Apologizing to a Hotel Guest for Miscommunications
Interacting with people is a given for personnel at many small businesses, including boutique hotels. As such, employees will inevitably be placed in the potentially distressing position of having to apologize to a customer over a miscommunication. Knowing how to effectively apologize can be the difference between creating a forever-lost customer or one offering repeat business.
It’s essential to quickly assess what’s at the root of the customer’s complaint. Once you've determined this, it's a simple matter of making a connection with the customer. Using a sincere tone, confirm his complaint. You'll then be able move toward identifying with his feelings in a sympathetic manner, helping the customer feel as though you understand.
“Mr. Smith, when you reserved your hotel room, you understood the cost to be $81 rather than $181, is that correct?"
As you continue connecting with the customer, your tone of voice and body language should impart a sense of caring about what your customer is feeling. You can do this by identifying with him, perhaps stating that you, too, have had a similar experience.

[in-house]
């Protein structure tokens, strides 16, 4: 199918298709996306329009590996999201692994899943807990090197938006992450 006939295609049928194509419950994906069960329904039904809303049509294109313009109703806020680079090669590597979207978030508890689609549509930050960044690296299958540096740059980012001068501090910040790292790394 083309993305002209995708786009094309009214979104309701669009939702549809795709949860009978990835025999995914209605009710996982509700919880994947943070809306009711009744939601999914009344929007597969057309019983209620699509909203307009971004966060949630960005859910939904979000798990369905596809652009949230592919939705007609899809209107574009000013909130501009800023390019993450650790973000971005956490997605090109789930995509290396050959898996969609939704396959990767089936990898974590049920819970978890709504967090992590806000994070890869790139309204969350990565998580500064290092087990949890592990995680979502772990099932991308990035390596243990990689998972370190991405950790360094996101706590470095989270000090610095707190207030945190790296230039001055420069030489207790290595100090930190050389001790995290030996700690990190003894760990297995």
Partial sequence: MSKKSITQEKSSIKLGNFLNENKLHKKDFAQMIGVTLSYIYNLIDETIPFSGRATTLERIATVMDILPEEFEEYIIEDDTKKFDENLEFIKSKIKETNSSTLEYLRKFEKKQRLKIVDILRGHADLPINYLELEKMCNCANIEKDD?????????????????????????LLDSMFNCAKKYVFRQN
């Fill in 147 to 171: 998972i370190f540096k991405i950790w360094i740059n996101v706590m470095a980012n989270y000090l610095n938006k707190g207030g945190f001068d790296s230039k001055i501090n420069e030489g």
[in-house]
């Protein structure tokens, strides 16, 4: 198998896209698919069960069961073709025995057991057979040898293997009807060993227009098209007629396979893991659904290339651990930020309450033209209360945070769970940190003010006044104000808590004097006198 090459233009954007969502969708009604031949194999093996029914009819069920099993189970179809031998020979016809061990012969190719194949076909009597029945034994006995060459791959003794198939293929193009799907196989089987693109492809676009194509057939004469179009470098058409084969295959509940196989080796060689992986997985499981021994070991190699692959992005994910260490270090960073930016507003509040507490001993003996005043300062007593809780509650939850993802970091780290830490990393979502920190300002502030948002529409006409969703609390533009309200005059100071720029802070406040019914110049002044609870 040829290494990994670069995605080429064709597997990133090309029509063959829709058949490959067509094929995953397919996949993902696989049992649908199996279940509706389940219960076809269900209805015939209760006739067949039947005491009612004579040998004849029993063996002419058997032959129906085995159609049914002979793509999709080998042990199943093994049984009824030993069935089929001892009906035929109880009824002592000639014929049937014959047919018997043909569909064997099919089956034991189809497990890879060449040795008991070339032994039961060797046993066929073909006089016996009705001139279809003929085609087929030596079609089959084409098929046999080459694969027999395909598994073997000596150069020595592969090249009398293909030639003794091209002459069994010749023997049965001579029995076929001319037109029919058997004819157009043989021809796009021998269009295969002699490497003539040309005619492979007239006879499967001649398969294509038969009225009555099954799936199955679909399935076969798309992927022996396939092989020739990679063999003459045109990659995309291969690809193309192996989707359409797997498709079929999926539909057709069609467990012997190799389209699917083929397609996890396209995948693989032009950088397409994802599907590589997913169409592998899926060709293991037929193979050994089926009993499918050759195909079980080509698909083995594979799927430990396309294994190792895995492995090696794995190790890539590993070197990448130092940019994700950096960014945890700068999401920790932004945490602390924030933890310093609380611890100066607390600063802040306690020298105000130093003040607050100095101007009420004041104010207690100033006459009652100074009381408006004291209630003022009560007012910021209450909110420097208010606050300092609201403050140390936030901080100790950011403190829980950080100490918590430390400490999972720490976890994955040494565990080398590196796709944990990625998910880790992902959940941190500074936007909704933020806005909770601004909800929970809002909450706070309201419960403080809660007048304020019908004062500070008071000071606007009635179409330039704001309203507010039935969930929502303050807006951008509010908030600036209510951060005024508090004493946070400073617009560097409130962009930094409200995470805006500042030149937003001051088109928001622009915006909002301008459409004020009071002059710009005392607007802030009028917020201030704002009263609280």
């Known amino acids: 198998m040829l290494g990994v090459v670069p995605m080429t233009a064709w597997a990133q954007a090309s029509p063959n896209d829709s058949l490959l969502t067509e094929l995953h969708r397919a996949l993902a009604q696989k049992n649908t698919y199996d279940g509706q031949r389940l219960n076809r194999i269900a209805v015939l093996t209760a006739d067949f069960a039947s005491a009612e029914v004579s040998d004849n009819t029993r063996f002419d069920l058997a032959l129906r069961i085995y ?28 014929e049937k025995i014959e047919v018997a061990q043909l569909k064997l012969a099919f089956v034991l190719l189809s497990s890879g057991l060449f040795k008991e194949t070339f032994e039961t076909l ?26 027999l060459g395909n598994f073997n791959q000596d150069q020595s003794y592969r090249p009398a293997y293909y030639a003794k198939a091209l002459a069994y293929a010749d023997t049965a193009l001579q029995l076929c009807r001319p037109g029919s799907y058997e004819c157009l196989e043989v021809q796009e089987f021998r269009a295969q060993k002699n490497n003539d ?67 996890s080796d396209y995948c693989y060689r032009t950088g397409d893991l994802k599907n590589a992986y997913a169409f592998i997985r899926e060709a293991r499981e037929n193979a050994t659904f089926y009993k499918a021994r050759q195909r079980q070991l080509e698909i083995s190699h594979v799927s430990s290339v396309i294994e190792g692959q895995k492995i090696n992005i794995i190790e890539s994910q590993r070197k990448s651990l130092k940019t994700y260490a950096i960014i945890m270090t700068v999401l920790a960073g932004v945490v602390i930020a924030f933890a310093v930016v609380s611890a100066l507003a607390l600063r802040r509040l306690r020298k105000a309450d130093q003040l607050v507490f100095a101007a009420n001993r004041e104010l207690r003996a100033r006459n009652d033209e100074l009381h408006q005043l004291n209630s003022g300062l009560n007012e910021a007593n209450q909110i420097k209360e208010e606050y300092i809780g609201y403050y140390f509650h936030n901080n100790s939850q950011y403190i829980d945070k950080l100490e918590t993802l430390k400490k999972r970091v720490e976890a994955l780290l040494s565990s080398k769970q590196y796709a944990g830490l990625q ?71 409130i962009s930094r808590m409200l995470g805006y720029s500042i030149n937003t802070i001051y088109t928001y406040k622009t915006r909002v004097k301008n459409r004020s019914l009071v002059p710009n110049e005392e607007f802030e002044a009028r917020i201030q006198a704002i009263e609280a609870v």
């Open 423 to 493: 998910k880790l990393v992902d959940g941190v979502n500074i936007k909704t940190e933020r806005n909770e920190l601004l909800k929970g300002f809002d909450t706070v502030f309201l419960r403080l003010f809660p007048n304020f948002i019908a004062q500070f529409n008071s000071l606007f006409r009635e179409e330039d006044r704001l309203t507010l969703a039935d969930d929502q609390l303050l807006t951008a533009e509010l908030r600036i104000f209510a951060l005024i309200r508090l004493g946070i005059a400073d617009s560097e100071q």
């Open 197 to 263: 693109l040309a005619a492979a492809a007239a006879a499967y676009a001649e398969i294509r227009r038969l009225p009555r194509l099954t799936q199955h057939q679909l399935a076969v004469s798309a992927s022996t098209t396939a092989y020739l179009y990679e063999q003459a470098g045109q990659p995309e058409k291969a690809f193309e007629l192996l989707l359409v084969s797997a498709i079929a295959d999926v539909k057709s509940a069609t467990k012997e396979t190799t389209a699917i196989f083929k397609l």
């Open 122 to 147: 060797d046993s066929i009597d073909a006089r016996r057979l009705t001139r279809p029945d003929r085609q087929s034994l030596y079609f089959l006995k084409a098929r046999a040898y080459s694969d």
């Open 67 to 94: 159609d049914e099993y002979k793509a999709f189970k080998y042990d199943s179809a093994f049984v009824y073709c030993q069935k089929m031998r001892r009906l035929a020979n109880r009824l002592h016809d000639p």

"I'm so sorry this has happened, Mr. Smith. I know how you feel; I had a similar experience last week at another business and it really bothered me. Please tell me how I can resolve this for you."
Following the apology, an employee must weigh the various solutions to the to arrive at the best one. In some cases, providing the customer with everything he asks might be appropriate, while in others it may not even be possible. A patron of any business often just wants to be heard and may be happy with a compromise allowing him some concession. The important thing is that you try to leave the customer feeling he’s been heard and knowing that everything that can be done has been done to satisfactorily resolve the situation in his favor.
Business customers, including hotel guests, are highly perceptive as to whether the treatment they receive from employees is sincere or insincere. The phrase “the customer is always right” may not always be completely accurate, but it’s important to note that, in the minds of most consumers, that sentiment is a firmly held belief. Customers are, after all, paying for your product and the service you provide and feel their payment justifies their needs being met. Your sincere communication is a powerful tool to help you turn a situation from negative to positive, thereby transforming an unhappy customer into an appreciative one.